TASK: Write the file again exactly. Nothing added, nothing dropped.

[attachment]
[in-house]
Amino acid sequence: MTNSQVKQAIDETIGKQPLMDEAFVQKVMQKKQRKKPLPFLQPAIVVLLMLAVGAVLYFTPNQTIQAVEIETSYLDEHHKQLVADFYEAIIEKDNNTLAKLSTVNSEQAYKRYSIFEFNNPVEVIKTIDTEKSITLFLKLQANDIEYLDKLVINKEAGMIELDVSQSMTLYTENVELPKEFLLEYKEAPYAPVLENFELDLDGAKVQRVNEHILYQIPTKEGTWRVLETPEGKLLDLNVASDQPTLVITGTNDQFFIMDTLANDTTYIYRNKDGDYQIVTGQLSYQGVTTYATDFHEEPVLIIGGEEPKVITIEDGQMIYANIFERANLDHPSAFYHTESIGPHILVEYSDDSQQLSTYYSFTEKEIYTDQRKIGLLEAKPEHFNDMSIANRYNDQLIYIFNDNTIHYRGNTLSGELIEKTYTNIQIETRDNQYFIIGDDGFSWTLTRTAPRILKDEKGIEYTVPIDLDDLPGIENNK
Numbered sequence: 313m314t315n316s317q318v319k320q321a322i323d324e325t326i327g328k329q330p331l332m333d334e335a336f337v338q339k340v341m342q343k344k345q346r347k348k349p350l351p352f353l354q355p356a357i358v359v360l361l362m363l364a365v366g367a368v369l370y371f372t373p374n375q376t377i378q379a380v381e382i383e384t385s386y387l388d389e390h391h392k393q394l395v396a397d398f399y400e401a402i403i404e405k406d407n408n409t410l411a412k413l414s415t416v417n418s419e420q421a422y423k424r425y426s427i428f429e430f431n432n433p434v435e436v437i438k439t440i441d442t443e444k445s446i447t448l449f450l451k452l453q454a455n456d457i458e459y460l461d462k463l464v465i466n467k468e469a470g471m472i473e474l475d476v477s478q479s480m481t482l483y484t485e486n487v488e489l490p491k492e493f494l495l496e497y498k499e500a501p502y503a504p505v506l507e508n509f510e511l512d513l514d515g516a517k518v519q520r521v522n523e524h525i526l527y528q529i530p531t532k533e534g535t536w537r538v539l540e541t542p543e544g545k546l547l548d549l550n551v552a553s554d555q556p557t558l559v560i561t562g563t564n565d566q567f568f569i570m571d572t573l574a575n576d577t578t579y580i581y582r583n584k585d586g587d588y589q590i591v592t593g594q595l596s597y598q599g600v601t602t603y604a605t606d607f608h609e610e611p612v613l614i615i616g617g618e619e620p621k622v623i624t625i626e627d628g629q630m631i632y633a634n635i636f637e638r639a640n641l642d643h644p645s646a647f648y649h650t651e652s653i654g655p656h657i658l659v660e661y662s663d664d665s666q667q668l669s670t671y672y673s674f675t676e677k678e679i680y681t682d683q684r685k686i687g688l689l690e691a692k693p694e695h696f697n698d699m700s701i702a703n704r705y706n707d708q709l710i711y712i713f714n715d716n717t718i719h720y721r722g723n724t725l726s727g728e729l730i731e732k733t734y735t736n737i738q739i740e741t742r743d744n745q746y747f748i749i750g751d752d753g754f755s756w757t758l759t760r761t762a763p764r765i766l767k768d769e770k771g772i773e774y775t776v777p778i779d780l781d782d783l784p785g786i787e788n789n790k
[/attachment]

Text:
[in-house]
Amino acid sequence: MTNSQVKQAIDETIGKQPLMDEAFVQKVMQKKQRKKPLPFLQPAIVVLLMLAVGAVLYFTPNQTIQAVEIETSYLDEHHKQLVADFYEAIIEKDNNTLAKLSTVNSEQAYKRYSIFEFNNPVEVIKTIDTEKSITLFLKLQANDIEYLDKLVINKEAGMIELDVSQSMTLYTENVELPKEFLLEYKEAPYAPVLENFELDLDGAKVQRVNEHILYQIPTKEGTWRVLETPEGKLLDLNVASDQPTLVITGTNDQFFIMDTLANDTTYIYRNKDGDYQIVTGQLSYQGVTTYATDFHEEPVLIIGGEEPKVITIEDGQMIYANIFERANLDHPSAFYHTESIGPHILVEYSDDSQQLSTYYSFTEKEIYTDQRKIGLLEAKPEHFNDMSIANRYNDQLIYIFNDNTIHYRGNTLSGELIEKTYTNIQIETRDNQYFIIGDDGFSWTLTRTAPRILKDEKGIEYTVPIDLDDLPGIENNK
Numbered sequence: 313m314t315n316s317q318v319k320q321a322i323d324e325t326i327g328k329q330p331l332m333d334e335a336f337v338q339k340v341m342q343k344k345q346r347k348k349p350l351p352f353l354q355p356a357i358v359v360l361l362m363l364a365v366g367a368v369l370y371f372t373p374n375q376t377i378q379a380v381e382i383e384t385s386y387l388d389e390h391h392k393q394l395v396a397d398f399y400e401a402i403i404e405k406d407n408n409t410l411a412k413l414s415t416v417n418s419e420q421a422y423k424r425y426s427i428f429e430f431n432n433p434v435e436v437i438k439t440i441d442t443e444k445s446i447t448l449f450l451k452l453q454a455n456d457i458e459y460l461d462k463l464v465i466n467k468e469a470g471m472i473e474l475d476v477s478q479s480m481t482l483y484t485e486n487v488e489l490p491k492e493f494l495l496e497y498k499e500a501p502y503a504p505v506l507e508n509f510e511l512d513l514d515g516a517k518v519q520r521v522n523e524h525i526l527y528q529i530p531t532k533e534g535t536w537r538v539l540e541t542p543e544g545k546l547l548d549l550n551v552a553s554d555q556p557t558l559v560i561t562g563t564n565d566q567f568f569i570m571d572t573l574a575n576d577t578t579y580i581y582r583n584k585d586g587d588y589q590i591v592t593g594q595l596s597y598q599g600v601t602t603y604a605t606d607f608h609e610e611p612v613l614i615i616g617g618e619e620p621k622v623i624t625i626e627d628g629q630m631i632y633a634n635i636f637e638r639a640n641l642d643h644p645s646a647f648y649h650t651e652s653i654g655p656h657i658l659v660e661y662s663d664d665s666q667q668l669s670t671y672y673s674f675t676e677k678e679i680y681t682d683q684r685k686i687g688l689l690e691a692k693p694e695h696f697n698d699m700s701i702a703n704r705y706n707d708q709l710i711y712i713f714n715d716n717t718i719h720y721r722g723n724t725l726s727g728e729l730i731e732k733t734y735t736n737i738q739i740e741t742r743d744n745q746y747f748i749i750g751d752d753g754f755s756w757t758l759t760r761t762a763p764r765i766l767k768d769e770k771g772i773e774y775t776v777p778i779d780l781d782d783l784p785g786i787e788n789n790k